Of course, doubt continues to proliferate over ASEAN’s capacity to meet the myriad of challenges it currently faces, and for good reason. Multilateral institutions, regional or otherwise, from every corner of the international system are currently under severe strain. These include some with far more resources than an organization that is certainly “no NATO” (Hemmer and Katzenstein 2002) and is still commonly—if unfairly—portrayed as a poor parent of European integration (Rüland 2017).4 Some of these challenges result from specific events and developments: Brexit, military coups in Mali and Myanmar, the trade war between China and the United States, and the rise of illiberal leaders in Turkey, Hungary, and Poland are just some examples among many. These crises only exacerbate long-standing and ongoing concerns over the ability of multilateralism to keep “making the world hang together” (Ruggie 1998), to provide solutions to “wicked problems” like pandemics and climate change, and to continue to offer key opportunities to “mediate estrangement” (Der Derian 1987) in international society. ASEAN, in this sense at least, is not as unique as is often suggested.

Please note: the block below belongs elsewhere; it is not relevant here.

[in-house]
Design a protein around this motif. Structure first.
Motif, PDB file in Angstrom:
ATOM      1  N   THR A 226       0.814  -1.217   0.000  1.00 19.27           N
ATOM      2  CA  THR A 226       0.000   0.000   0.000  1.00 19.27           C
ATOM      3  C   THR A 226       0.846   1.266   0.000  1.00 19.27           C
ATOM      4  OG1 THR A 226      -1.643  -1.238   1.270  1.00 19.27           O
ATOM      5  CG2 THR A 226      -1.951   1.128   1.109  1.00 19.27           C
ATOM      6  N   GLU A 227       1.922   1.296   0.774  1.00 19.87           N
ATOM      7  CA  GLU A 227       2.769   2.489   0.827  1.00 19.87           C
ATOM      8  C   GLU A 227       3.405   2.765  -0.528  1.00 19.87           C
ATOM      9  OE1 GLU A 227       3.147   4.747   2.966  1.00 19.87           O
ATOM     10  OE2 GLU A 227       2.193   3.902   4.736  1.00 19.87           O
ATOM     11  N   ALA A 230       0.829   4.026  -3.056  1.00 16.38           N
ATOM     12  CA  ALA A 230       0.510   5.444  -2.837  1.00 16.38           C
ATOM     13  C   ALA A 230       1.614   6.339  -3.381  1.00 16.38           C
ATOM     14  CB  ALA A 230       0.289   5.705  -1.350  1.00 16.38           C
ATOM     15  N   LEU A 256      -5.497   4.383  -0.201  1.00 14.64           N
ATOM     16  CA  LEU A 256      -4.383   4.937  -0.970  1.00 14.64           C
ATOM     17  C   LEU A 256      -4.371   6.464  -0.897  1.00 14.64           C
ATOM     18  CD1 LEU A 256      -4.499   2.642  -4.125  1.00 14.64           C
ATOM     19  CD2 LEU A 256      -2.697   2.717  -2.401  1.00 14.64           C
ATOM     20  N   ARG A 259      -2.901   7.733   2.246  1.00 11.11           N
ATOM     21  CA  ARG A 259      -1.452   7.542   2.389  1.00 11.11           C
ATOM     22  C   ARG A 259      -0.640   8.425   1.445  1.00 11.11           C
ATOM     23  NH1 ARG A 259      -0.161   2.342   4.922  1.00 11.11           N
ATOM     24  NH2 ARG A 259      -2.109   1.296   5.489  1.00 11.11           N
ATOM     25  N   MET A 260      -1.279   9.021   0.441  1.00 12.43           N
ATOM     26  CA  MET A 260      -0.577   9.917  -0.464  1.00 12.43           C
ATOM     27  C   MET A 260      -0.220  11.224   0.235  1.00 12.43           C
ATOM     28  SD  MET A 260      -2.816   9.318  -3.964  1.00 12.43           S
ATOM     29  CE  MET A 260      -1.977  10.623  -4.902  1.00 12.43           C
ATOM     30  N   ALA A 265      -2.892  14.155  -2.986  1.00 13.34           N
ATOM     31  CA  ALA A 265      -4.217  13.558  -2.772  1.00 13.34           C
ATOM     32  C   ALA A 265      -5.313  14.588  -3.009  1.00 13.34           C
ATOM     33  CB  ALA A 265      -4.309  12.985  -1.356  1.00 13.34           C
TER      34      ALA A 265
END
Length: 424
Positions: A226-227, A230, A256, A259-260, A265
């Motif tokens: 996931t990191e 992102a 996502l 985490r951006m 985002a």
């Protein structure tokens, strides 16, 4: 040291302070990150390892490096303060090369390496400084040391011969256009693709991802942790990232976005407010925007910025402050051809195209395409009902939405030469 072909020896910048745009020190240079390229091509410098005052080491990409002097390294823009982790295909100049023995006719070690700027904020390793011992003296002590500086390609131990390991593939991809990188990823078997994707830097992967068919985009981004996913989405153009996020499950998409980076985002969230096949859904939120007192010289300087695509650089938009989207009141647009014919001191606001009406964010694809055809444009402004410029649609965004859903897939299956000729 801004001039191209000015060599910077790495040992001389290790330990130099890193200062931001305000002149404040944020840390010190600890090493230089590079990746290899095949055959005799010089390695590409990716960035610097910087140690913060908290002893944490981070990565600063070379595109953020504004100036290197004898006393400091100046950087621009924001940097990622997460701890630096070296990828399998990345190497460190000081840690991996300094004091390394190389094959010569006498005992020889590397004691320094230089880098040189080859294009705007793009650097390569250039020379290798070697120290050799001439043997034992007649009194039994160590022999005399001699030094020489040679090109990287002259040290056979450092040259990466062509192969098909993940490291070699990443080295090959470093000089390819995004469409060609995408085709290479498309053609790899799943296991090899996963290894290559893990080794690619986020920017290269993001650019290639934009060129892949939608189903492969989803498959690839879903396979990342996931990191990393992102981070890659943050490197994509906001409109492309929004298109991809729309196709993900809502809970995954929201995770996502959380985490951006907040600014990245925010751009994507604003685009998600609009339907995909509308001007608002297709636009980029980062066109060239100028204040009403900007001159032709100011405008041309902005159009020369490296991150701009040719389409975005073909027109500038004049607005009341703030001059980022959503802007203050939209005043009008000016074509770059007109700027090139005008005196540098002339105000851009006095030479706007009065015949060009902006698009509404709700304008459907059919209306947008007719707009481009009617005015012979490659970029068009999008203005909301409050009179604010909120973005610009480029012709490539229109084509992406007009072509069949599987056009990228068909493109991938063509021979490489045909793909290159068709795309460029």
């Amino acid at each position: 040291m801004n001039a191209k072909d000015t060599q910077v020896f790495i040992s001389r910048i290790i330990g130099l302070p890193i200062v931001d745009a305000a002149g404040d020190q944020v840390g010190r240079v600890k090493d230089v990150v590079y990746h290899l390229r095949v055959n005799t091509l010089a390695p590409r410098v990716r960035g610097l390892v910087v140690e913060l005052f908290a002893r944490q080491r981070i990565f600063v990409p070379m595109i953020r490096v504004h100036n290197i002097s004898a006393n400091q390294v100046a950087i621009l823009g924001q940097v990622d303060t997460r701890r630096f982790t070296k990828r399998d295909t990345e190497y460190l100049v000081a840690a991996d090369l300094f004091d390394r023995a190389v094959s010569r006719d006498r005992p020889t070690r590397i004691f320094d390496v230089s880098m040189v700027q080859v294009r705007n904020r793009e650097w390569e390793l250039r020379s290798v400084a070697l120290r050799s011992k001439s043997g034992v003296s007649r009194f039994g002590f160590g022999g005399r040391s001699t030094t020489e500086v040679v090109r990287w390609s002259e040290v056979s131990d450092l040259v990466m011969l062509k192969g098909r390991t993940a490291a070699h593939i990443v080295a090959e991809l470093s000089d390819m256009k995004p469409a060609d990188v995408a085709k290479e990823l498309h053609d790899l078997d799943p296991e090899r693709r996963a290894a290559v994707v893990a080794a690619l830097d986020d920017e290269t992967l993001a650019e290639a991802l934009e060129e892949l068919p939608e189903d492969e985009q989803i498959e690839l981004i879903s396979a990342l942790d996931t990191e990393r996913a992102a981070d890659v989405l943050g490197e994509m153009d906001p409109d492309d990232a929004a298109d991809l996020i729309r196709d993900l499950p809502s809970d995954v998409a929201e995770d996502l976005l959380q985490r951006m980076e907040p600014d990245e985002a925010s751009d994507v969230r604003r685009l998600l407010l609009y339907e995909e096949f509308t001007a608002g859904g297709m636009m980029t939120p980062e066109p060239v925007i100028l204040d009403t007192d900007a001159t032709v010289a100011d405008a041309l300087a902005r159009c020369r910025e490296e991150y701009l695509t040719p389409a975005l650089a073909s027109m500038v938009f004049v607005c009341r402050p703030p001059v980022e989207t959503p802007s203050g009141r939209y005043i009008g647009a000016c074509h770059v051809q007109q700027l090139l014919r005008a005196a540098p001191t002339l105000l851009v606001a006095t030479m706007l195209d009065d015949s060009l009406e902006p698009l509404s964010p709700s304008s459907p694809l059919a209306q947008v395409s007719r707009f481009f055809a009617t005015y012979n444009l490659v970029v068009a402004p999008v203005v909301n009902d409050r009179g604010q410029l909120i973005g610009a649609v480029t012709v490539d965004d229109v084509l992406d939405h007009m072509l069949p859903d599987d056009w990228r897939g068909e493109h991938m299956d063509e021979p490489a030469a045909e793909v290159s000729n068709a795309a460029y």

Despite its many flaws, ASEAN does more than merely carrying on. Not unlike other multilateral institutions facing similar charges, it continues to defy its skeptics through the steady extension of its security agenda as well as the continuous commitment of its member states and external partners. The latter category includes all current and (re)emerging major powers—China, the United States, Russia, and India. It also extends to many other secondary players—Japan, Australia, Canada, South Korea, the European Union, and New Zealand—aspiring to position themselves favorably in an “Indo-Pacific” order that is bound to become increasingly central to the conduct of world politics. Given the intensification of strategic competition between the United States and China, which plays out first and foremost in the Asia-Pacific region although its impacts are global, the significance of ASEAN as the institutional focal point of this regional order in transition is hard to deny.5 The grouping indeed remains at the core of broader multilateral, regional, and security governance processes that have become stable, albeit contested, features of world politics. As such, it carries hope for a better future for the region at least as consistently as it disappoints.